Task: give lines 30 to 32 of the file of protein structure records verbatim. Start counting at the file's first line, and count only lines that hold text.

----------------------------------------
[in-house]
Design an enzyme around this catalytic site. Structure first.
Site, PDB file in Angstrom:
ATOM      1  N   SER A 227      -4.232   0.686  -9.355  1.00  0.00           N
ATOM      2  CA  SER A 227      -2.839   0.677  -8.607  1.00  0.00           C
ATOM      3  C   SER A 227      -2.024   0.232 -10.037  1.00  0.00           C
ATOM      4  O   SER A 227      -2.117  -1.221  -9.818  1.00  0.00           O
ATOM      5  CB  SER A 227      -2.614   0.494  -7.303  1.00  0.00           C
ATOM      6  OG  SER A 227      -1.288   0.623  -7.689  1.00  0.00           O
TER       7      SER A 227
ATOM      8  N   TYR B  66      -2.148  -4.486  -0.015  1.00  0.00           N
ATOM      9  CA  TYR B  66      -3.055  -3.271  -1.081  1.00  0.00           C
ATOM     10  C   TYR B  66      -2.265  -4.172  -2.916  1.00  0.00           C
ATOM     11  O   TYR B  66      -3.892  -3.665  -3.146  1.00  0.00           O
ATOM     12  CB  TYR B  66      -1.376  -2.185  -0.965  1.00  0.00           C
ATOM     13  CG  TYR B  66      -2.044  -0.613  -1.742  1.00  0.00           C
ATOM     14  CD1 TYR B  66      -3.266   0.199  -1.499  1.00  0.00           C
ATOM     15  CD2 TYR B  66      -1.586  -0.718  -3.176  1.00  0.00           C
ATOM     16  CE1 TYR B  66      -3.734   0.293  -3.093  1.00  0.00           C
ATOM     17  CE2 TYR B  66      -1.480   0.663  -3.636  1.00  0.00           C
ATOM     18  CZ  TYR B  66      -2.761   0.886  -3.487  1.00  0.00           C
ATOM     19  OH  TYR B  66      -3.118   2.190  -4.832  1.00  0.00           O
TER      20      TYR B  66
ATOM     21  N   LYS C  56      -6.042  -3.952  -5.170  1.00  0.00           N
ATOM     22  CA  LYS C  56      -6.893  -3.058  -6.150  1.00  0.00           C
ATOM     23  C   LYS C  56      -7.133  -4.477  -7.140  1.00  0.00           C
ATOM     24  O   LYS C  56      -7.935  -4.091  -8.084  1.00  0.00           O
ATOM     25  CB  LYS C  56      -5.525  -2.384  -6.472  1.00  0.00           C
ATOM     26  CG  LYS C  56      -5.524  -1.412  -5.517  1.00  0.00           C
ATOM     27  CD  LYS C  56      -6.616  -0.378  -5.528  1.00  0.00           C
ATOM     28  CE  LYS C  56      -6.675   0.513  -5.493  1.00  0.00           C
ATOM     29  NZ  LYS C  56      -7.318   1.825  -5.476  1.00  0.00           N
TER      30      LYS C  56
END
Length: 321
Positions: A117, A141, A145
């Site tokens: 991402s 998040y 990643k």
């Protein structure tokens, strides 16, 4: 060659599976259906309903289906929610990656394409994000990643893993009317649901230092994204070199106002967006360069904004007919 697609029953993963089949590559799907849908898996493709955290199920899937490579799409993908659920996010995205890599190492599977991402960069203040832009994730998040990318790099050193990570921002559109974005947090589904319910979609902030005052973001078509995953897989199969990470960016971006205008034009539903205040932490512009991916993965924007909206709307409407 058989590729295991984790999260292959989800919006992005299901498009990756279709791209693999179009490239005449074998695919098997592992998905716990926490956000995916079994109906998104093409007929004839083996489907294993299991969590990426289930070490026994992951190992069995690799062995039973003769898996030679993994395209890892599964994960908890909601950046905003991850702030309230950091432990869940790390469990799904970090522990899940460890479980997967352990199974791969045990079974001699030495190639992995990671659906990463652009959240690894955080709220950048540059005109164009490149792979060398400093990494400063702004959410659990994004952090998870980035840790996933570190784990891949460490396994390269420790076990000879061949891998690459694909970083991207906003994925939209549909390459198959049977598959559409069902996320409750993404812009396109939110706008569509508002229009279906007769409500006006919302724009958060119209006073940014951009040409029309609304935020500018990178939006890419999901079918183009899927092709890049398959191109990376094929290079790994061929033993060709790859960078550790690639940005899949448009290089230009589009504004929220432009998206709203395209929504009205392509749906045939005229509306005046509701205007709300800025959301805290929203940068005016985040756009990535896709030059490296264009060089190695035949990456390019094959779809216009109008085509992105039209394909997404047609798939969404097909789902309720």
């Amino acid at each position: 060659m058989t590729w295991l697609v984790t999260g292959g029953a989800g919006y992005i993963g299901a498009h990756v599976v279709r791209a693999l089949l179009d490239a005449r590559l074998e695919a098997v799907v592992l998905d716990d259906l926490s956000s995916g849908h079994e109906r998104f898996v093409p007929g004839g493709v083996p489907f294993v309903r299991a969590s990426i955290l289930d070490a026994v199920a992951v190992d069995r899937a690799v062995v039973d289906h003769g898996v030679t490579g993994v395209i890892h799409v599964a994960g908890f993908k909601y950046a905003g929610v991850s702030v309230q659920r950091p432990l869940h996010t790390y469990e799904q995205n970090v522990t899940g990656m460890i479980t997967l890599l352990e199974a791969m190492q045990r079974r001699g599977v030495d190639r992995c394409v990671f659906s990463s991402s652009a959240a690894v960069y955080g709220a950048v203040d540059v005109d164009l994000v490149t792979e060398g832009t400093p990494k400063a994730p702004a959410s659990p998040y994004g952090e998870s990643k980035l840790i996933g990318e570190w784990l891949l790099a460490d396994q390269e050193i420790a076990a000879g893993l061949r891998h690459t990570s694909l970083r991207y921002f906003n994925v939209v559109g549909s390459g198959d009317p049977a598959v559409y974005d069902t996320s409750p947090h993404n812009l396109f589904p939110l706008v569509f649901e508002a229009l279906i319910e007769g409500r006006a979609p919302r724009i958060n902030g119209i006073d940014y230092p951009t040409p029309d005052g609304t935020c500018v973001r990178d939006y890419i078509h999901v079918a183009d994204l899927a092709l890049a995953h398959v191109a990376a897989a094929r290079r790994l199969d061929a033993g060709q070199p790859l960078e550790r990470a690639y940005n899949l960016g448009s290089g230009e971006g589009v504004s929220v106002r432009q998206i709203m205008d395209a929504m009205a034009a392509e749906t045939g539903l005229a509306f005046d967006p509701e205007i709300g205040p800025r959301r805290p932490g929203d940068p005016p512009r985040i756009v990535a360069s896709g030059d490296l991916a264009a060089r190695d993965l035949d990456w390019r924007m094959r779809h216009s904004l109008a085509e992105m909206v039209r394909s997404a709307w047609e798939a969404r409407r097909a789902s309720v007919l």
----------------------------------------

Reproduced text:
ATOM     27  CD  LYS C  56      -6.616  -0.378  -5.528  1.00  0.00           C
ATOM     28  CE  LYS C  56      -6.675   0.513  -5.493  1.00  0.00           C
ATOM     29  NZ  LYS C  56      -7.318   1.825  -5.476  1.00  0.00           N